Four hundred level broadcasting students wait to begin production of their news show, “Acadiana News 1.” The production of this weekly show took place in Wharton Hall under the direction of Professor Maniko Barthelemy on Thursday, Sept. 13, 2018.

Four hundred level broadcasting students wait to begin production of their news show, “Acadiana News 1.” The production of this weekly show took place in Wharton Hall under the direction of Professor Maniko Barthelemy on Thursday, Sept. 13, 2018.

University of Louisiana at Lafayette broadcasting students posted their first newscast video on Twitter and Facebook on Sept. 13. In the video, students served as news anchors, field reporters, camera operators, light and sound technicians and directors. According to Maniko Barthelemy, the broadcasting professor who teaches the CMCN 455 class, students filmed and appeared in the video to gain a feel for what being in a live television news broadcast is like.

“While we are not live, we do tape the show ‘as live,’ meaning the way its recorded is the way we upload it. We don’t go back and fix anything,” Barthelemy said.

Barthelemy said she selected broadcasting seniors Shayla Lange and Kamri Sylve as the news anchors because they produced the best stories in the class for their summer assignment.

“The students were given a summer assignment and they had to produce and come up with two news stories between April and August and the students with the best stories— that’s who were selected as anchors,” Barthelemy said, adding roles will rotate during the semester, including anchor positions.

Lange said while the class is challenging and being an anchor can be nerve-wracking, she has already gained a lot from the first few weeks of the CMCN 455 class.

“The nerves never go away, I’ve learned that…I use the nerves to motivate me to stay more focused,” Lange said, “The first newscast was nerve-wracking because a lot of our classmates have never worked together before.”

Lange said she sees Barthelemy, who is referred to as “Mrs. B” by the class, as a great professor who dedicates herself to her students.

“You can just tell that she cares,” Lange said. “She goes above and beyond for her students. She treats us like her kids, like family. I know that if I ever had anything going on in my life…she would be there for me.”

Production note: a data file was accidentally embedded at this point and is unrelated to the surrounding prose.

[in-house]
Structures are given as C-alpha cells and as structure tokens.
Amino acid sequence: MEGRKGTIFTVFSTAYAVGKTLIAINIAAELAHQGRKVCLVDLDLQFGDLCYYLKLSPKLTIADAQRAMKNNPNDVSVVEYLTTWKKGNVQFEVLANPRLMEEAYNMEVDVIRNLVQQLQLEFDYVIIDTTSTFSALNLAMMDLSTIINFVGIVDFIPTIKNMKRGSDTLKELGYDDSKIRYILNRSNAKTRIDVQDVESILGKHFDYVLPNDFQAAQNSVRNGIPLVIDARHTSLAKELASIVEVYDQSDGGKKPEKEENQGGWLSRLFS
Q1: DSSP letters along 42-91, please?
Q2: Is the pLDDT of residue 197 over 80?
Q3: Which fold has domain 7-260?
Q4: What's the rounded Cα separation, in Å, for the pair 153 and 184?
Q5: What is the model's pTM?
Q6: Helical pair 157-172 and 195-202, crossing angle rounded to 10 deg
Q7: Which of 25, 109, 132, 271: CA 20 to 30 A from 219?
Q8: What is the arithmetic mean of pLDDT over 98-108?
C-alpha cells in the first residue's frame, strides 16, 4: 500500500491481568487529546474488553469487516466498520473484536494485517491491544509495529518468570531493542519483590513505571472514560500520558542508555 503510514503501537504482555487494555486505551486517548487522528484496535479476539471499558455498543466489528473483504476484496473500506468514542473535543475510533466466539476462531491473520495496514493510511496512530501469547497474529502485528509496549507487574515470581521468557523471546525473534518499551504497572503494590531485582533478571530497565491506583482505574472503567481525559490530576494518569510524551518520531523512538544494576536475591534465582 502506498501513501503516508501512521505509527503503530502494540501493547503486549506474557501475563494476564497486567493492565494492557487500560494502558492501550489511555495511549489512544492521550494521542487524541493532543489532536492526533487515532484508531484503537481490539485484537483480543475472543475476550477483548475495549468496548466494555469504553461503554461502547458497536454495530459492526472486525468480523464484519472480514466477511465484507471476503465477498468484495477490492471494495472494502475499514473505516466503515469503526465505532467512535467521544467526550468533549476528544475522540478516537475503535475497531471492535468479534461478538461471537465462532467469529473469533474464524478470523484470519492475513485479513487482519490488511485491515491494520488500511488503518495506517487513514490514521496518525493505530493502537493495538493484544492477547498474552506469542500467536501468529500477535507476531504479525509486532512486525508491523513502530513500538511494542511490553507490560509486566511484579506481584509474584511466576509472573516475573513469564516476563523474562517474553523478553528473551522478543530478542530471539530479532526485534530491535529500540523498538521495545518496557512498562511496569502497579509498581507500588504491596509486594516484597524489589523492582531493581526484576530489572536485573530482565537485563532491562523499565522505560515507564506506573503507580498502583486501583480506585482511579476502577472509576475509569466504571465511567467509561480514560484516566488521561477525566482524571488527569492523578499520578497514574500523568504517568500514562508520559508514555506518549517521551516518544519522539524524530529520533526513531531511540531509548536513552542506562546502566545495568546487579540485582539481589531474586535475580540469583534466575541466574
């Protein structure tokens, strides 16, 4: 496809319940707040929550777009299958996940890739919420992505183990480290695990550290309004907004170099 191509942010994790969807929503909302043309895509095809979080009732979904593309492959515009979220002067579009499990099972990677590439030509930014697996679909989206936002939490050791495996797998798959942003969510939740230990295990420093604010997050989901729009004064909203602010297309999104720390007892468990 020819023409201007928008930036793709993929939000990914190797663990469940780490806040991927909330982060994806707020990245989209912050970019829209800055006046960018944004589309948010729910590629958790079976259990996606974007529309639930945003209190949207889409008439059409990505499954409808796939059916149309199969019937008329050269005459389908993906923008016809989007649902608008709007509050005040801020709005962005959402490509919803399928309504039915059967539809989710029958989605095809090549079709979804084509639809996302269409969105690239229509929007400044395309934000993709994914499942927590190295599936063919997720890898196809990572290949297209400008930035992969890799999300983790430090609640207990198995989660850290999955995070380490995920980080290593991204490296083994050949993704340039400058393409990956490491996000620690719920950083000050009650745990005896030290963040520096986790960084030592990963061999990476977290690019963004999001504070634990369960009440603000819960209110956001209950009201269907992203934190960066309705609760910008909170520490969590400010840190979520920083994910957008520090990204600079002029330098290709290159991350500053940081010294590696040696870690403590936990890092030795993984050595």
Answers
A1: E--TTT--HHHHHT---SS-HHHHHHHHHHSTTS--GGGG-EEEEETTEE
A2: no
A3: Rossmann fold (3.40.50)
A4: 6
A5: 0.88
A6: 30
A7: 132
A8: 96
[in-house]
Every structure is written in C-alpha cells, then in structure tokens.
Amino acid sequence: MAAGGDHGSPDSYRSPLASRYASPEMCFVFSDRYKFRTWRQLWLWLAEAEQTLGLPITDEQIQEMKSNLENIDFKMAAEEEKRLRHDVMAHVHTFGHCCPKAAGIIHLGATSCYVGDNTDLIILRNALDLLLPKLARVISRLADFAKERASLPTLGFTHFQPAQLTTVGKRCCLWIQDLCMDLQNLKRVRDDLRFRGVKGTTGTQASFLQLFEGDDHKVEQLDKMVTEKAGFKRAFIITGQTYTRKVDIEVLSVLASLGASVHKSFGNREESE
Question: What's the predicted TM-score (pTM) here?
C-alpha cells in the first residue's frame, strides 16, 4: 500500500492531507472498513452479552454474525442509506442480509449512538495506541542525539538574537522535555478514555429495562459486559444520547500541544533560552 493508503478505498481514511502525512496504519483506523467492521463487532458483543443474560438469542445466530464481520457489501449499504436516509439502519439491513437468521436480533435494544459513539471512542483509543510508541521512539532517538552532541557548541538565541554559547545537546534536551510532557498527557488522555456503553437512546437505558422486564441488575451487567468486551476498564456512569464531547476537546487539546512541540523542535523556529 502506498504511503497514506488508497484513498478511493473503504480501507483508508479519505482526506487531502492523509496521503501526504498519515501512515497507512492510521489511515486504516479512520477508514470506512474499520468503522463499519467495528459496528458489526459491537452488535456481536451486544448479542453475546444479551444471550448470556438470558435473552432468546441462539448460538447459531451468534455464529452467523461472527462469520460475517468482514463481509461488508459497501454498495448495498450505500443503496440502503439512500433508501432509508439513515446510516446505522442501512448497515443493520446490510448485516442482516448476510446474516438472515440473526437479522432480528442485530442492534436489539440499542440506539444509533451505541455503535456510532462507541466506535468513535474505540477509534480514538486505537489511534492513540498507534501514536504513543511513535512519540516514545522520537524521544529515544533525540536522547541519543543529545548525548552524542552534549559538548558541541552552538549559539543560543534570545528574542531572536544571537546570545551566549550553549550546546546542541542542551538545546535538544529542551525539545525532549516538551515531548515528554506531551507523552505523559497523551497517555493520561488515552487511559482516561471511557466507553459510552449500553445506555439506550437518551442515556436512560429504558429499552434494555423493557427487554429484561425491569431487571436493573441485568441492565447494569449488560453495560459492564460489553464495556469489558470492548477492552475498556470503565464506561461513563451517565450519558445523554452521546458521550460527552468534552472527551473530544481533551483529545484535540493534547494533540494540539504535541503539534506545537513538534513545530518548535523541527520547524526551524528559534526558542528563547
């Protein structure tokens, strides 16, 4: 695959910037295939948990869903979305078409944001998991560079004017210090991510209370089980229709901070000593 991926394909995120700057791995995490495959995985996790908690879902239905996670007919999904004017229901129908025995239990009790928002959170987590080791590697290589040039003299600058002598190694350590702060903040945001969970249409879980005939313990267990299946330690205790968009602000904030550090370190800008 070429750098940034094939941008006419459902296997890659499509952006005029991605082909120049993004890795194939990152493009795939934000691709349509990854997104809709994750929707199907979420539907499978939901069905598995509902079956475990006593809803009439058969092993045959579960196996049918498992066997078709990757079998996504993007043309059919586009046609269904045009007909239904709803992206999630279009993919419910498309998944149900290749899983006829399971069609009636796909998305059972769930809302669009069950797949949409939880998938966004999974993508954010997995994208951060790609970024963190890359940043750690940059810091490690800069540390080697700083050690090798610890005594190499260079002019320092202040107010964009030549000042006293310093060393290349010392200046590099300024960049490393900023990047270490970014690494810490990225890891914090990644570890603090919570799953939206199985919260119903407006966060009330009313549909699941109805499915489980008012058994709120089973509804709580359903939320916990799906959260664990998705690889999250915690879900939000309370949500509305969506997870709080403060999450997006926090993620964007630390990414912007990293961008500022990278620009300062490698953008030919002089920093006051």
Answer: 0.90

Sylve said that although she also was nervous about the first newscast, she has gotten positive feedback on the video.

“People were saying it was about time that UL had a continuous news program,” Sylve said. “I had some people tell me that it was really good, they thought we did things (professionally)…we did get some questions about technical difficulties and stuff like that.”

Sylve added some of the feedback came from local news stations such as KLFY, KATC and News 15.

“Last week our professors in the department had a meeting with local media members and they were shown our broadcast,” Sylve said. “They enjoyed it; they were shocked about the talent we have at UL.”

While anchors such as Sylve and Lange wrote major stories in the newscast and appeared on camera, students also work behind the scenes in the studio. Behind the bright lights and cameras, the rest of the CMCN 455 class tried to get the first newscast to run as smooth as possible.

“We have 11 students who work behind the scenes. We have three camera operators. We have an audio technician, a script supervisor, a producer, a technical director and a floor director,” Barthelemy said. “We also have an assistant producer and that person manages our onset guests when they come on the show.”

Donovan Aubert, a senior majoring in broadcasting, served as the director and producer of the first newscast.

“My roles as the producer and director (include) to make sure that each anchor and the floor director have the show’s rundown and the scripts to follow along with and to make sure each anchor knows which camera to look at and when they’re cued and not cued,” Aubert said.

Aubert said the first newscast was a different experience for him because he isn’t used to working in a director or producer role.

“Surprisingly, I did enjoy it because I get to experience both sides of the camera,” Aubert said. “Whether I’m behind the camera letting the talent know when to talk or when I’m in front of the camera and I am the talent…It gives me the insight to be more technical.”

The class will put out an online newscast every Thursday for the rest of the semester, including a series of investigative stories and a holiday special focused on inspirational stories, according to Barthelemy.

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